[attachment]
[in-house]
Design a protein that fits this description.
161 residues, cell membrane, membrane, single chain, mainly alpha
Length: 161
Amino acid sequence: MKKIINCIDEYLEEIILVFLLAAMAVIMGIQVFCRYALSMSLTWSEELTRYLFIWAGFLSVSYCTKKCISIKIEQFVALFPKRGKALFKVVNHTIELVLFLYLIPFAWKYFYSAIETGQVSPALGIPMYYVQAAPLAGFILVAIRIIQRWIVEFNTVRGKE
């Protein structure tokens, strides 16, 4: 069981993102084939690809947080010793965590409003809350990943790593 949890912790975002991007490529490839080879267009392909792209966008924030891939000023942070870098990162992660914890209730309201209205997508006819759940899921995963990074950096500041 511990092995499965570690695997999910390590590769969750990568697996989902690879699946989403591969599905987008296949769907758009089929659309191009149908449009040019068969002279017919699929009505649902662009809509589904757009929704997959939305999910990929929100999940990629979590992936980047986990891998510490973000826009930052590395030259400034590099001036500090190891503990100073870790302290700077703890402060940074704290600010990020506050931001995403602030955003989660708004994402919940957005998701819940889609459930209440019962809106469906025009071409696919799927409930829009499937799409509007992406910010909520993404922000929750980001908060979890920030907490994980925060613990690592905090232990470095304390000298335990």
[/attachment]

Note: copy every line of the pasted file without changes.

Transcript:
[in-house]
Design a protein that fits this description.
161 residues, cell membrane, membrane, single chain, mainly alpha
Length: 161
Amino acid sequence: MKKIINCIDEYLEEIILVFLLAAMAVIMGIQVFCRYALSMSLTWSEELTRYLFIWAGFLSVSYCTKKCISIKIEQFVALFPKRGKALFKVVNHTIELVLFLYLIPFAWKYFYSAIETGQVSPALGIPMYYVQAAPLAGFILVAIRIIQRWIVEFNTVRGKE
């Protein structure tokens, strides 16, 4: 069981993102084939690809947080010793965590409003809350990943790593 949890912790975002991007490529490839080879267009392909792209966008924030891939000023942070870098990162992660914890209730309201209205997508006819759940899921995963990074950096500041 511990092995499965570690695997999910390590590769969750990568697996989902690879699946989403591969599905987008296949769907758009089929659309191009149908449009040019068969002279017919699929009505649902662009809509589904757009929704997959939305999910990929929100999940990629979590992936980047986990891998510490973000826009930052590395030259400034590099001036500090190891503990100073870790302290700077703890402060940074704290600010990020506050931001995403602030955003989660708004994402919940957005998701819940889609459930209440019962809106469906025009071409696919799927409930829009499937799409509007992406910010909520993404922000929750980001908060979890920030907490994980925060613990690592905090232990470095304390000298335990």